The battalion’s arrival in Cork, with companies based in Youghal, Haulbowline and Carlisle Fort coincides with a number of news reports of soldier beaten up by locals in Cork and Youghal. Shortly after Myles Joyce’s execution, in January and February 1883, 400 convicts from Spike Island prison, adjoining Haulbowline, were used as labour on works and staged a protest that ended up requiring the Royal Marines and military to be called out. Even if the 1st Liverpool Regiment wasn’t called out, it was surely a topic of conversation. This was James Connolly’s introduction to the British garrison in Ireland. The battalion relocated to the Curragh in September 1884 (some companies being rotated to Castlebar). It then moved to Dublin in September 1885, first Linen Hall Street and Ship Street, then Beggars Bush. While in Dublin it took part in manoeuvres and war games around the city.  This included a war game where flying columns left Beggars Bush to intercept invading flying columns at locations outside the city. In 1916, it was probably assumed that this was the defensive plan the British army would expect to have to deploy, rather than an attempt to seize the centre of the city itself. So Connolly may well have taken part himself in practise deployments of the British army’s defensive plan for Dublin.

The most regular feature of the Liverpool Regiment’s posting in Ireland was the performances of its regimental band. It began performing publicly in August 1882 and continued through to 1889, playing at events such as regattas, sports days (including one under GAA rules in Ballsbridge on 30th July 1886), army parades, the Cork Industrial Exhibition (in 1883), banquets, the Rotunda, RDS, the Grand Promenade, Phoenix Park and many more. Kingstown (Dun Laoghaire) was a recurring venue from 1887, and it may have been on a trip out to see the regimental band play that Connolly famously met Lillie Reynolds, both of them having missed the same tram.  The regimental band also played at the visit of various dignitaries, such as the Viceroy, the Earl of Carnarvon in January 1886. In June 1887, the whole regiment provided a guard of honour (presumably including James Connolly) for Queen Victoria’s on her arrival and during her visit.

Not that the regiment’s period in Ireland was all band performances and guards of honour. Indiscipline and violence were never far away, with soldiers regularly appearing before the courts for attacking locals at the various postings, or as the victims of attacks (one drunken sergeant was reportedly seen shouting “Three cheers for Parnell!” and making ‘insulting comments about the Queen’ in February 1886). A Sergeant Carrigan shot himself in the head in Youghal Barracks in August 1884. There are also hints at the conditions inside the battalion in December 1888, when a Major Whitely had his house attack over conditions in the battalion. There was an inquiry into the condition of the barracks hospital and loss of stores around the same time.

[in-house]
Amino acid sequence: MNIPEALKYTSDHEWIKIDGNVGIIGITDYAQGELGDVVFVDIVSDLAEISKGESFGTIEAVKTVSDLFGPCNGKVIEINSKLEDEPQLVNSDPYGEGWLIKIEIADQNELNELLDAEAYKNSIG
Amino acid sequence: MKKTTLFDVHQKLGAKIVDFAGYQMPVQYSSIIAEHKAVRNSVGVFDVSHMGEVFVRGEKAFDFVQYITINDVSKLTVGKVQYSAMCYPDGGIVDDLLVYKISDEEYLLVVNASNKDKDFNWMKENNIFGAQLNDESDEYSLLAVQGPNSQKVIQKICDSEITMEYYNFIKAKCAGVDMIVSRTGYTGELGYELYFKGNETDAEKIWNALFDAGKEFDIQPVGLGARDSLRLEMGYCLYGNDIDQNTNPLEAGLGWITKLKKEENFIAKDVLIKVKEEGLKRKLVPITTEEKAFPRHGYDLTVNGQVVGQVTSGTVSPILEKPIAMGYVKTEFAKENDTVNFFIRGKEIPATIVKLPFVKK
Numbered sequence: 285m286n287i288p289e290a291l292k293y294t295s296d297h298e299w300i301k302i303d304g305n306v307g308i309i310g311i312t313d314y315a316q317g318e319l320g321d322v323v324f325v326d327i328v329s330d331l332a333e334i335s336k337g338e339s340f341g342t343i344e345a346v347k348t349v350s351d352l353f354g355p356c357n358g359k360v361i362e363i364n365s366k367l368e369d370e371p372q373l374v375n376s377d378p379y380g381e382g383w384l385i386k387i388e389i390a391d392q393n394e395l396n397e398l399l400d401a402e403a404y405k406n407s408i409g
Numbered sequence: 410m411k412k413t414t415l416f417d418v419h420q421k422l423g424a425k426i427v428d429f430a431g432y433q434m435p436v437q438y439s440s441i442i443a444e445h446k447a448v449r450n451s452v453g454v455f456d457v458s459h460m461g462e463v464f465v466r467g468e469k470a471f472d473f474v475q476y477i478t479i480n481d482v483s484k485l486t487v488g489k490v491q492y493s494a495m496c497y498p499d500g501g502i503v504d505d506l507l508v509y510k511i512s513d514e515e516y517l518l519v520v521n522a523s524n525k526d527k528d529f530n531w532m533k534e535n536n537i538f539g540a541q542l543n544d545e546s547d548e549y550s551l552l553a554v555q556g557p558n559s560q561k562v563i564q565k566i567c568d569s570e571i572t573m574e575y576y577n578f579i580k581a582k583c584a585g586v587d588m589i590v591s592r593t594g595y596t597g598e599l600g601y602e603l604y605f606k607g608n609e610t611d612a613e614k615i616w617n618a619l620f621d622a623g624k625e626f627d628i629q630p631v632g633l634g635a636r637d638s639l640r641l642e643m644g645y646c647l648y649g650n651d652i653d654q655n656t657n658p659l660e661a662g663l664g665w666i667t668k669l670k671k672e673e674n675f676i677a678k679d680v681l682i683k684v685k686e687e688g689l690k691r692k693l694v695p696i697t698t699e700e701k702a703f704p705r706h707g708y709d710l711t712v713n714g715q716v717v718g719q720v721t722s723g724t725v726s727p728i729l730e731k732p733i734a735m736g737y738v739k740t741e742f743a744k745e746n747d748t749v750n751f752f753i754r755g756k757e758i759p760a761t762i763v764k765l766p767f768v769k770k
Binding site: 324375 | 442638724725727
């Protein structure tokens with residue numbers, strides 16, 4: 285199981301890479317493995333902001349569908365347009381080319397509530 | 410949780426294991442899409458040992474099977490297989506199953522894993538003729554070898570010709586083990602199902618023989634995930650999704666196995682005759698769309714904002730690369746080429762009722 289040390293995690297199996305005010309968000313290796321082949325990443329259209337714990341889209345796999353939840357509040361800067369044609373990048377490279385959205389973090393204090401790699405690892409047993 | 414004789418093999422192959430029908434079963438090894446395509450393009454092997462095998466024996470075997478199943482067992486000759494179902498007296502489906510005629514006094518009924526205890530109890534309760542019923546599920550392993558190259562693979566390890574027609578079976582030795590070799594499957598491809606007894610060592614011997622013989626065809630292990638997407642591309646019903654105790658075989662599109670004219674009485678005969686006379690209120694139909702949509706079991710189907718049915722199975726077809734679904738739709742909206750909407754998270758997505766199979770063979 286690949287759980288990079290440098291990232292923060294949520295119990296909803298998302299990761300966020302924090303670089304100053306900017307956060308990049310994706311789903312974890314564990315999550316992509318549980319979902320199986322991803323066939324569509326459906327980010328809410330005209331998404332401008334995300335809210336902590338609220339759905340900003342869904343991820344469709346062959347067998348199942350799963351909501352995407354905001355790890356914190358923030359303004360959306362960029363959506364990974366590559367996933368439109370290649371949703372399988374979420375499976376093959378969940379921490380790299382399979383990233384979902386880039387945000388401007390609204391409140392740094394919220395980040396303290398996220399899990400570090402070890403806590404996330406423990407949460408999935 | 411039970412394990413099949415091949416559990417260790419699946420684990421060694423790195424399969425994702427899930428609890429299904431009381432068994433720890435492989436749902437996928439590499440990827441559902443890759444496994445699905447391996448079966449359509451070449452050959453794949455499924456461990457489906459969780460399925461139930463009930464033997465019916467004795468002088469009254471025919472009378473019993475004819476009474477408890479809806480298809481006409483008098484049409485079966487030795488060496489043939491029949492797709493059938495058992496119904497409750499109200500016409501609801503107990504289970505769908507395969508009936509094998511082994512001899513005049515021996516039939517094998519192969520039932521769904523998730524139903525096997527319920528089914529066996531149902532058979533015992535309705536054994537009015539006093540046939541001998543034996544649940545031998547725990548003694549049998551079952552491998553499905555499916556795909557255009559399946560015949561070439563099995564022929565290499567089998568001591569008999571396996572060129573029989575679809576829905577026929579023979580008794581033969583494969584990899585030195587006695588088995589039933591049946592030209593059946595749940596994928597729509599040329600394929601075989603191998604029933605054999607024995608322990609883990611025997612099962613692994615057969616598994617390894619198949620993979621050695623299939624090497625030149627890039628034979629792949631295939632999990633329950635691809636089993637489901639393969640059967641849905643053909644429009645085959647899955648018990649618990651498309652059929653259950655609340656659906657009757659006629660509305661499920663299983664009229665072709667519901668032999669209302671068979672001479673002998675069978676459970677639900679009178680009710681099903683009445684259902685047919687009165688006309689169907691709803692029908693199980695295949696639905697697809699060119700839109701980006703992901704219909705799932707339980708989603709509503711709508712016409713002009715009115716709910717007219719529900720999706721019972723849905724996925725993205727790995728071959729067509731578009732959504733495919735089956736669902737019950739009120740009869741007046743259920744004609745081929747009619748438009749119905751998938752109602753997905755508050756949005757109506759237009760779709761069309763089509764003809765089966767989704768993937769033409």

For the individual soldiers, there was the recurring possibility of being posted overseas. Throughout 1882 to 1889, drafts of recruits and reserves were regularly processed through the 1st Battalion en route to the regiment’s 2nd Battalion on service in India. There are recurring claims that Connolly also saw service in India and it is conceivable that he somehow was added to one of the drafts that went out (if his brother John was on active duty in India that might have been sufficient incentive for him to go).

Ironically, if Connolly didn’t serve in India, the battalion’s duties over 1886 and 1887 may have contributed just as significantly to the formation of his political views. In the summer of 1886, the Liverpool Regiment was deployed on the streets of Belfast during serious rioting that saw over thirty deaths. It was reported in the Dublin Daily Express on August 12th that 379 men from the regiment were in Belfast (making it quite likely that Connolly was present). In October 1887, a company from the battalion was deployed to carry out evictions at Lord Masserene’s estate in Collon. While bailiffs and RIC constables removed the tenants, the soldiers were face-to-face with those opposing it as they formed a cordon to prevent the hostile crowds from intervening to prevent the evictions taking place. The soldiers had boiling water, gruel and mud thrown at them as well as much verbal abuse (eg see the account in the Dundalk Democrat, 29th October 1887). This may not have been the only occasion on which the regiment took part in an eviction. If the Bridget Redmond murder is anything to go by, the Land League was still a topical issue among Irish immigrants in Dundee in 1889.